I’ve written about Heptacodium trees before; but perhaps you missed the item
by Art Drysdale
by Art Drysdale


Art Drysdale, a life-long resident of Toronto and a horticulturist well known all across Canada, is now a resident of Parksville, British Columbia on Vancouver Island, just north of Nanaimo. He has reno-vated an old home and has a new garden there. His radio gardening vignettes are heard in south-western Ontario over radio station Easy 101 FM out of Tillsonburg at 2 PM weekdays.

Art also has his own website at

July 22, 2018

Above, One cluster of Heptacodium flowers on my Toronto tree, over ten years ago. Author photo. Below, a medium-sized Heptacodium tree in full flower
photo courtesy of Nancy J. Ondra,




My Heptacodium miconiodes (the seven son flower) is not normally in bloom until mid-September. That name will not likely ring any bells with readers, and that's precisely the reason I'm writing about it. This small tree or shrub has been growing in my front garden in Toronto for three years now and the more I see of it, the more I like it.

The fact that it flowers in September, even later in the season each year than the much-better-known Rose of Sharon, is just one of the plus factors this little-known tree has going for it. Now, the flowers aren't spectacular--small clusters of creamy white florets (in groups of seven--thus the name "seven son flower") somewhat resembling small honeysuckle flowers in spring. The clusters at the ends of the branches, however, are not large--perhaps about a third the size of those on the Japanese tree lilac in June. There is some fragrance but again, not a great deal. Nevertheless, a tree with any kind of flowers in September in our climate is more than worth noting.

Heptacodium is a fast-growing tree/shrub, a native of China, which has been grown by a few nurserymen here in southern Ontario for the last seven years or so. All trees planted thus far survived the devastating winter of 1995-96, so it is obviously hardy at least in southern and south-western Ontario. It is a little better known along the eastern seaboard of the US, and gradually it will become better known here. Just remember you read about it first here!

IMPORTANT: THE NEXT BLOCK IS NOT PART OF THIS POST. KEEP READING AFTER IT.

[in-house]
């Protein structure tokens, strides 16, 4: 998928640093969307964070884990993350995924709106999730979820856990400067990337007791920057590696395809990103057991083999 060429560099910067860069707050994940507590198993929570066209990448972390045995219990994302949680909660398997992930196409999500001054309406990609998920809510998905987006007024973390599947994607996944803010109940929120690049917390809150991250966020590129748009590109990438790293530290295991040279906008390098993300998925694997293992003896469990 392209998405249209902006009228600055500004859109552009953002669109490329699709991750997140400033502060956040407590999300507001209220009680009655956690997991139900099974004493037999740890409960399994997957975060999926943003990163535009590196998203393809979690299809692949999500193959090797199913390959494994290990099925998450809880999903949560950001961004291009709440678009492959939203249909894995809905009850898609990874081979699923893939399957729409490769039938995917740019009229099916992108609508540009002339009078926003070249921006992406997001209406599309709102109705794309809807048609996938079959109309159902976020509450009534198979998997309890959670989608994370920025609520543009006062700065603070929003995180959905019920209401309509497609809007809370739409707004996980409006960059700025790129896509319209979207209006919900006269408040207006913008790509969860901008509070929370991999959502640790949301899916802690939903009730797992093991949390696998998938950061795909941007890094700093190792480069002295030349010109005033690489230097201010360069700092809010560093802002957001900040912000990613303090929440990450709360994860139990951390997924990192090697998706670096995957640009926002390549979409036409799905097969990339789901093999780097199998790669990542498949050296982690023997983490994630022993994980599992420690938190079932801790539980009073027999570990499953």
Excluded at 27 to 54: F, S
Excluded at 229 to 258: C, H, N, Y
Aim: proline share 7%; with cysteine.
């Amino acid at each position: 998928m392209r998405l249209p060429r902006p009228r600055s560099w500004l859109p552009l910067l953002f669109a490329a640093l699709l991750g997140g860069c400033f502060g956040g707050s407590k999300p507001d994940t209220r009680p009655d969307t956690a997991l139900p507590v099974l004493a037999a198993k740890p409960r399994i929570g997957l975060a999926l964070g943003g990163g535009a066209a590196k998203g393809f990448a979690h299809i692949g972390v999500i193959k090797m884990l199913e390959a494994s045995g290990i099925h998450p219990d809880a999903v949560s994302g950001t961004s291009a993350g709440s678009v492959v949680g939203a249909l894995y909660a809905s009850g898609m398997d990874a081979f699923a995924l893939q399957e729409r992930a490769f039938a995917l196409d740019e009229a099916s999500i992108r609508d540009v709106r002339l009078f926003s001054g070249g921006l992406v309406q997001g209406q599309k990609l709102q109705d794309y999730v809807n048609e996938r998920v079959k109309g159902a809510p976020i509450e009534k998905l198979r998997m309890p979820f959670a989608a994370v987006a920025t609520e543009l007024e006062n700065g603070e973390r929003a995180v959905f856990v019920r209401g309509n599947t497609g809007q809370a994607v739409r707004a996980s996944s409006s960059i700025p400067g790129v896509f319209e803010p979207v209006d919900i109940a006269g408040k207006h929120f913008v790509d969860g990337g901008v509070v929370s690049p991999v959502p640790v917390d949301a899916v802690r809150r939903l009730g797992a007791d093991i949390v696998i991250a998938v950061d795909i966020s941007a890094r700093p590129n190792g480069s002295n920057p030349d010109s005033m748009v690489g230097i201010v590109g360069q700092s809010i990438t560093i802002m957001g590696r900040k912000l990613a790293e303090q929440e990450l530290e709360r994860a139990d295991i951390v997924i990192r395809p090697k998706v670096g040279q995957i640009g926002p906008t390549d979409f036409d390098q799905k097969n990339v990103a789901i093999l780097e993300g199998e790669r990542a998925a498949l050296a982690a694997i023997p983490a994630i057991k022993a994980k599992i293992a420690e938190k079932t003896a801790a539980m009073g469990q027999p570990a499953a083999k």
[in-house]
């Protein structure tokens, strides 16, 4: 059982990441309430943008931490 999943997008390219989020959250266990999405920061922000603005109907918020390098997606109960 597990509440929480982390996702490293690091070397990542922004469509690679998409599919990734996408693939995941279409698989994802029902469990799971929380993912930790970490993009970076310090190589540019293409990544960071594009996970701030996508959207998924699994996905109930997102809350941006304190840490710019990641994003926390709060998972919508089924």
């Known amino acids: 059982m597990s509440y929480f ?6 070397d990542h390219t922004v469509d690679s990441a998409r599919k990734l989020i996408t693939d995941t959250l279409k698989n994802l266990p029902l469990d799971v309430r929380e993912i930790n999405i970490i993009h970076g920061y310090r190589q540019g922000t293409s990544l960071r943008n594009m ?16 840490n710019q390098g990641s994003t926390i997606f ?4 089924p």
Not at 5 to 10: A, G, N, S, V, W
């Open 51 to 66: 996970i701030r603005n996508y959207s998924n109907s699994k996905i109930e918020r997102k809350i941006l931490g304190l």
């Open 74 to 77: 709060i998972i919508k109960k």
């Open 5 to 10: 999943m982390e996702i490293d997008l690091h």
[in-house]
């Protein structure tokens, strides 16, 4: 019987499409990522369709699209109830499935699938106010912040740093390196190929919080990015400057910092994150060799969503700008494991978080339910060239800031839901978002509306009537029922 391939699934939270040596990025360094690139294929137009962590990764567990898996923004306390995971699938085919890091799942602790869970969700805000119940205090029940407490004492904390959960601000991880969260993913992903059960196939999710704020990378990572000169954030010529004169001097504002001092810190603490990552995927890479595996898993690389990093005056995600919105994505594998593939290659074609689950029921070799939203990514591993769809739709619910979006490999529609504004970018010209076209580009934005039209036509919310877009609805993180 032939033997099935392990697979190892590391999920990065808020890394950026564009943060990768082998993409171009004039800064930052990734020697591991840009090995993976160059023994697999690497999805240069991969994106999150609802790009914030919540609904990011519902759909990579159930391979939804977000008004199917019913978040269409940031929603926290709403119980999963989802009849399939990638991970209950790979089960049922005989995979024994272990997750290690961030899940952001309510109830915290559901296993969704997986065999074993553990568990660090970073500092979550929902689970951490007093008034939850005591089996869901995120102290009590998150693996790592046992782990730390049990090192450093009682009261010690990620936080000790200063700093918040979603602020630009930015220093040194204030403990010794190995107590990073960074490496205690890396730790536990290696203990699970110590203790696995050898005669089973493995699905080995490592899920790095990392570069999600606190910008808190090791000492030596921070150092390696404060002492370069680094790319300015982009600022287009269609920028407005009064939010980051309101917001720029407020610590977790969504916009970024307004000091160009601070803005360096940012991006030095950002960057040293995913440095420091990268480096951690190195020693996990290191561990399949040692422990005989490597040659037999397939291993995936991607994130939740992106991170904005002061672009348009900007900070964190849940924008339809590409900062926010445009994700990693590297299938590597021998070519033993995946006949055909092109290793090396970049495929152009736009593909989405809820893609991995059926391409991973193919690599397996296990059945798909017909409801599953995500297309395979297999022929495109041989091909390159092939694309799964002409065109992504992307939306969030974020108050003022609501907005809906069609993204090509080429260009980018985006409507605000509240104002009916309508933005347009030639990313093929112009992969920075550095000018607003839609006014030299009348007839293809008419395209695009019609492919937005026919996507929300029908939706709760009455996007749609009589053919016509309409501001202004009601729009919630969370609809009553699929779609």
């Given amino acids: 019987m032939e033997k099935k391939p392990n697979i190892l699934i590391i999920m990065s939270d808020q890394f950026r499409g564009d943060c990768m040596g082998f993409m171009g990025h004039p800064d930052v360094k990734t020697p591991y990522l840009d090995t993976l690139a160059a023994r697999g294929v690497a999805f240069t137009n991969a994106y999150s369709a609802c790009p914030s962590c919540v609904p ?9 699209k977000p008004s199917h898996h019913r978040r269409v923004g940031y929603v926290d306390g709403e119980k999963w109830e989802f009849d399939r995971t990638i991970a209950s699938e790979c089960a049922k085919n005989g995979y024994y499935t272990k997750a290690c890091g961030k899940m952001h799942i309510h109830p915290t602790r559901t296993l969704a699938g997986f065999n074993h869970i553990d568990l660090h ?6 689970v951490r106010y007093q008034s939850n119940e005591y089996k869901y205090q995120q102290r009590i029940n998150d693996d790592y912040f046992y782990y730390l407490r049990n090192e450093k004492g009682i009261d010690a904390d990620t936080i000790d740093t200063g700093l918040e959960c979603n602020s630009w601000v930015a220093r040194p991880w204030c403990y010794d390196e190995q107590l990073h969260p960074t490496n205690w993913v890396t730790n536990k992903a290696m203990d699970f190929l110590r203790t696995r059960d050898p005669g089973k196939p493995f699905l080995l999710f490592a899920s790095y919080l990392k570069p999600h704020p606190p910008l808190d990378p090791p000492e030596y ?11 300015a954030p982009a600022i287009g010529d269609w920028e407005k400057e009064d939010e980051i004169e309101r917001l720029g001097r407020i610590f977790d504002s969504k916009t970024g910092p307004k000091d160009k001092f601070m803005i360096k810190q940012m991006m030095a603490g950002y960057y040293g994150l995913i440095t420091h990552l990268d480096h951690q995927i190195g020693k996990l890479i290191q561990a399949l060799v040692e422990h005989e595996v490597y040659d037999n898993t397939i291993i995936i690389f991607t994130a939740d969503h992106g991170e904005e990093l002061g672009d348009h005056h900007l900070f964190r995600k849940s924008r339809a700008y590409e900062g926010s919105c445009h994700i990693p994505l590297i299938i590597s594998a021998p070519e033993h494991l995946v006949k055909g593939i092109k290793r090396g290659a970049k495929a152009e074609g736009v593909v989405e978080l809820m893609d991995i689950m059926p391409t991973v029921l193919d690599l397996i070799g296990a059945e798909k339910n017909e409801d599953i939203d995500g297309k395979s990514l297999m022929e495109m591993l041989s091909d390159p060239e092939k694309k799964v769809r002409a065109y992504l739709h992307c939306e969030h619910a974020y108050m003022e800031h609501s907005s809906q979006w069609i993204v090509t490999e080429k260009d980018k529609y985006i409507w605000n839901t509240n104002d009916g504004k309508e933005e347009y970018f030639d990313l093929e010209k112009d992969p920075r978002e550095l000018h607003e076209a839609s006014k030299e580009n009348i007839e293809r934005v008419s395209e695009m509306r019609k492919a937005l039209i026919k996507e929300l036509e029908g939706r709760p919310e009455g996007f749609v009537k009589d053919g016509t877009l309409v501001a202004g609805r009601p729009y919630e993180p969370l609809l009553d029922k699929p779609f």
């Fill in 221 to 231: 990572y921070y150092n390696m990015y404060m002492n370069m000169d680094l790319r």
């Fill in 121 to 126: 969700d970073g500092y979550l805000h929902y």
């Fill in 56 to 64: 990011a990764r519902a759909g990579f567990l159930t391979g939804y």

The bark of my young specimen (just 6 cm in diameter about 30 cm up from the ground) already shows a handsome exfoliating habit during winter months--i.e. the upper "paper" layer of bark which is tan in colour peels back to reveal a darker brown colour beneath.

The tree has other attributes as well. When the flower petals have fallen, the calyces (green lower part of the flowers)--normally falls with petals on most plants stay on and continue to grow while taking on a reddish colour. This, however, is not the end of the Heptacodium's autumn colour! Soon after, fruit develop and these are of an even brighter--red to mauve colour. They do not endure, lasting only a couple of weeks before they turn to a tan colour.

The foliage of this unusual tree somewhat resembles that of the PG Hydrangea, but is slightly larger, and thinner. It takes on a unspectacular yellow colour in Autumn, but does stay on the tree late into the season.

Heptacodium (I prefer that somewhat tongue-twisting botanical name to the lengthy "seven son flower," that accompanied the tree from its native China) is rare still today, and even in China. It came to the attention of the Western world only in 1916, and was introduced into cultivation in North America much more recently by the Arnold Arboretum, Boston, and the National Arboretum, Washington, DC They expect it will be hardy in Canadian zones 5 to 9; possibly a better guideline is that it is likely to be hardy where PG Hydrangea, sugar maple, amur privet, Virginia creeper and Vanhoutte spirea survive.

As already mentioned, Heptacodium may be grown as either a small tree (perhaps reaching a height of seven metres [20 ft.]) or a multi-branched shrub of a lesser height. It is fast growing but mine at least, is not broad spreading. Nurserymen tell me it is tolerant of most growing conditions including wet/dry and acid/alkaline soils. Though it likes sun, it seems to take part shade as mine only gets sun until early afternoon.

Now, that's the good news!

The bad news is availability--I don't know where to tell you to find this tree! And that is precisely why I am writing about it. One St. Catharines Ontario wholesale nurserymen had a modest crop of these three years ago, and couldn't find any retail nursery/garden centre who wanted them. He subsequently sold virtually the entire crop to Germany. There are at least two southern Ontario wholesale nurseries growing small trees, and these should be available as small size specimens soon. Ask the managers at your favourite garden centres--especially if they're people who like to have new plants, to see if they can find it. And, if you don't have success next spring, then try again the following spring.


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